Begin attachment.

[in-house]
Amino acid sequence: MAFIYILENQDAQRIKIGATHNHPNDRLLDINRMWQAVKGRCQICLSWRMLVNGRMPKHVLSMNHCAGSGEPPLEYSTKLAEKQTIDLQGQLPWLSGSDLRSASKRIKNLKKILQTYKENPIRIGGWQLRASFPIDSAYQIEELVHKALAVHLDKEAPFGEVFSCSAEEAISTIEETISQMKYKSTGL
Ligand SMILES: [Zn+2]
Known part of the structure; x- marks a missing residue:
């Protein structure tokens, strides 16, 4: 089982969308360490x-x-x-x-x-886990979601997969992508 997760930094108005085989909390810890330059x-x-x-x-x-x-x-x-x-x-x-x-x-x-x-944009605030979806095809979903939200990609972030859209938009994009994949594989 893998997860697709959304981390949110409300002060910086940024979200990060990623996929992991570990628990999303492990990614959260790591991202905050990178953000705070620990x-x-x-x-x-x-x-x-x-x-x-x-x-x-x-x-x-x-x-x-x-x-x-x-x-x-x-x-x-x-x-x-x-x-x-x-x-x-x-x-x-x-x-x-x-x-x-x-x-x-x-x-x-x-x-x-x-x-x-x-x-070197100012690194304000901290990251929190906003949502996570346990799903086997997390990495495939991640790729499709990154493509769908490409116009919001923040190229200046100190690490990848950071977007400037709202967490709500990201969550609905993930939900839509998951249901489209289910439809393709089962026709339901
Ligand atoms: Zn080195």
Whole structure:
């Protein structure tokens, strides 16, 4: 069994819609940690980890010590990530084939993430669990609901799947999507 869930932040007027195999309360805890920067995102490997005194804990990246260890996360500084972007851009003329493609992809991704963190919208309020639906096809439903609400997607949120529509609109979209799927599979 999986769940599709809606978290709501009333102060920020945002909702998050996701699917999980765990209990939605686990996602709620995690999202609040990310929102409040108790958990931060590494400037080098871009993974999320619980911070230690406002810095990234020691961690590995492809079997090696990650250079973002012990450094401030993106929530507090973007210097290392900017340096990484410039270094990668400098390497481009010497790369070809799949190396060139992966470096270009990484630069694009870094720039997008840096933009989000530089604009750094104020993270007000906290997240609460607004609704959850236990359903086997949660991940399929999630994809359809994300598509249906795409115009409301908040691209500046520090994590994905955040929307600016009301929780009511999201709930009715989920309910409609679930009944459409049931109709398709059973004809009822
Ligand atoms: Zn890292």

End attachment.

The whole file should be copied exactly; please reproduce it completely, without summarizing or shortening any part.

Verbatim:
[in-house]
Amino acid sequence: MAFIYILENQDAQRIKIGATHNHPNDRLLDINRMWQAVKGRCQICLSWRMLVNGRMPKHVLSMNHCAGSGEPPLEYSTKLAEKQTIDLQGQLPWLSGSDLRSASKRIKNLKKILQTYKENPIRIGGWQLRASFPIDSAYQIEELVHKALAVHLDKEAPFGEVFSCSAEEAISTIEETISQMKYKSTGL
Ligand SMILES: [Zn+2]
Known part of the structure; x- marks a missing residue:
């Protein structure tokens, strides 16, 4: 089982969308360490x-x-x-x-x-886990979601997969992508 997760930094108005085989909390810890330059x-x-x-x-x-x-x-x-x-x-x-x-x-x-x-944009605030979806095809979903939200990609972030859209938009994009994949594989 893998997860697709959304981390949110409300002060910086940024979200990060990623996929992991570990628990999303492990990614959260790591991202905050990178953000705070620990x-x-x-x-x-x-x-x-x-x-x-x-x-x-x-x-x-x-x-x-x-x-x-x-x-x-x-x-x-x-x-x-x-x-x-x-x-x-x-x-x-x-x-x-x-x-x-x-x-x-x-x-x-x-x-x-x-x-x-x-x-070197100012690194304000901290990251929190906003949502996570346990799903086997997390990495495939991640790729499709990154493509769908490409116009919001923040190229200046100190690490990848950071977007400037709202967490709500990201969550609905993930939900839509998951249901489209289910439809393709089962026709339901
Ligand atoms: Zn080195």
Whole structure:
């Protein structure tokens, strides 16, 4: 069994819609940690980890010590990530084939993430669990609901799947999507 869930932040007027195999309360805890920067995102490997005194804990990246260890996360500084972007851009003329493609992809991704963190919208309020639906096809439903609400997607949120529509609109979209799927599979 999986769940599709809606978290709501009333102060920020945002909702998050996701699917999980765990209990939605686990996602709620995690999202609040990310929102409040108790958990931060590494400037080098871009993974999320619980911070230690406002810095990234020691961690590995492809079997090696990650250079973002012990450094401030993106929530507090973007210097290392900017340096990484410039270094990668400098390497481009010497790369070809799949190396060139992966470096270009990484630069694009870094720039997008840096933009989000530089604009750094104020993270007000906290997240609460607004609704959850236990359903086997949660991940399929999630994809359809994300598509249906795409115009409301908040691209500046520090994590994905955040929307600016009301929780009511999201709930009715989920309910409609679930009944459409049931109709398709059973004809009822
Ligand atoms: Zn890292």